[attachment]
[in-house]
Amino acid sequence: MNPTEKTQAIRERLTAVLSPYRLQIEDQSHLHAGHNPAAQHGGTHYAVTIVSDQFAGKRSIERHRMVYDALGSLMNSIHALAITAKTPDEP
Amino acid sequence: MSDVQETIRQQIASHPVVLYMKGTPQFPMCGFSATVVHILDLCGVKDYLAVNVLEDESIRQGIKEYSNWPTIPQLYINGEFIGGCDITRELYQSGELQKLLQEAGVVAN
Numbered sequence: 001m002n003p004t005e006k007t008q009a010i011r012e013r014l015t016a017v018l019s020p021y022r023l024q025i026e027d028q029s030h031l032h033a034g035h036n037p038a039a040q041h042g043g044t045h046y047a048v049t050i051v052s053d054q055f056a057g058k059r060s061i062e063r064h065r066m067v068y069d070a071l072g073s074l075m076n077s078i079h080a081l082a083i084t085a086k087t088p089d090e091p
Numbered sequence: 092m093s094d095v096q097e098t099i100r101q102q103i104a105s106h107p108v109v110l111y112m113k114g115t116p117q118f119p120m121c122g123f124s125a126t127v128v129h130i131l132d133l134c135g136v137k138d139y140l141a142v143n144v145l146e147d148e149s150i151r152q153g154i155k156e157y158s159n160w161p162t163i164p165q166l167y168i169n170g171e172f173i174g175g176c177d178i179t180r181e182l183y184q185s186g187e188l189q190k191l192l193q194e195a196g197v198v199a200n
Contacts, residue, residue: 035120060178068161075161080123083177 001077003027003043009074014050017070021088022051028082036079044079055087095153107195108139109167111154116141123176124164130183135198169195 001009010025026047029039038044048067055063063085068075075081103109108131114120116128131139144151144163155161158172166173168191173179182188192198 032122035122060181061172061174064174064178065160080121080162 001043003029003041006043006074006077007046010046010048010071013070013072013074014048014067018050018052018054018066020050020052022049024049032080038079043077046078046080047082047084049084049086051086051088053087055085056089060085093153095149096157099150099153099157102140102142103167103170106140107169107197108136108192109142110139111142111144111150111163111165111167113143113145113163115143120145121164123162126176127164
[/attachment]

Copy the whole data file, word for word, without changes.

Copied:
[in-house]
Amino acid sequence: MNPTEKTQAIRERLTAVLSPYRLQIEDQSHLHAGHNPAAQHGGTHYAVTIVSDQFAGKRSIERHRMVYDALGSLMNSIHALAITAKTPDEP
Amino acid sequence: MSDVQETIRQQIASHPVVLYMKGTPQFPMCGFSATVVHILDLCGVKDYLAVNVLEDESIRQGIKEYSNWPTIPQLYINGEFIGGCDITRELYQSGELQKLLQEAGVVAN
Numbered sequence: 001m002n003p004t005e006k007t008q009a010i011r012e013r014l015t016a017v018l019s020p021y022r023l024q025i026e027d028q029s030h031l032h033a034g035h036n037p038a039a040q041h042g043g044t045h046y047a048v049t050i051v052s053d054q055f056a057g058k059r060s061i062e063r064h065r066m067v068y069d070a071l072g073s074l075m076n077s078i079h080a081l082a083i084t085a086k087t088p089d090e091p
Numbered sequence: 092m093s094d095v096q097e098t099i100r101q102q103i104a105s106h107p108v109v110l111y112m113k114g115t116p117q118f119p120m121c122g123f124s125a126t127v128v129h130i131l132d133l134c135g136v137k138d139y140l141a142v143n144v145l146e147d148e149s150i151r152q153g154i155k156e157y158s159n160w161p162t163i164p165q166l167y168i169n170g171e172f173i174g175g176c177d178i179t180r181e182l183y184q185s186g187e188l189q190k191l192l193q194e195a196g197v198v199a200n
Contacts, residue, residue: 035120060178068161075161080123083177 001077003027003043009074014050017070021088022051028082036079044079055087095153107195108139109167111154116141123176124164130183135198169195 001009010025026047029039038044048067055063063085068075075081103109108131114120116128131139144151144163155161158172166173168191173179182188192198 032122035122060181061172061174064174064178065160080121080162 001043003029003041006043006074006077007046010046010048010071013070013072013074014048014067018050018052018054018066020050020052022049024049032080038079043077046078046080047082047084049084049086051086051088053087055085056089060085093153095149096157099150099153099157102140102142103167103170106140107169107197108136108192109142110139111142111144111150111163111165111167113143113145113163115143120145121164123162126176127164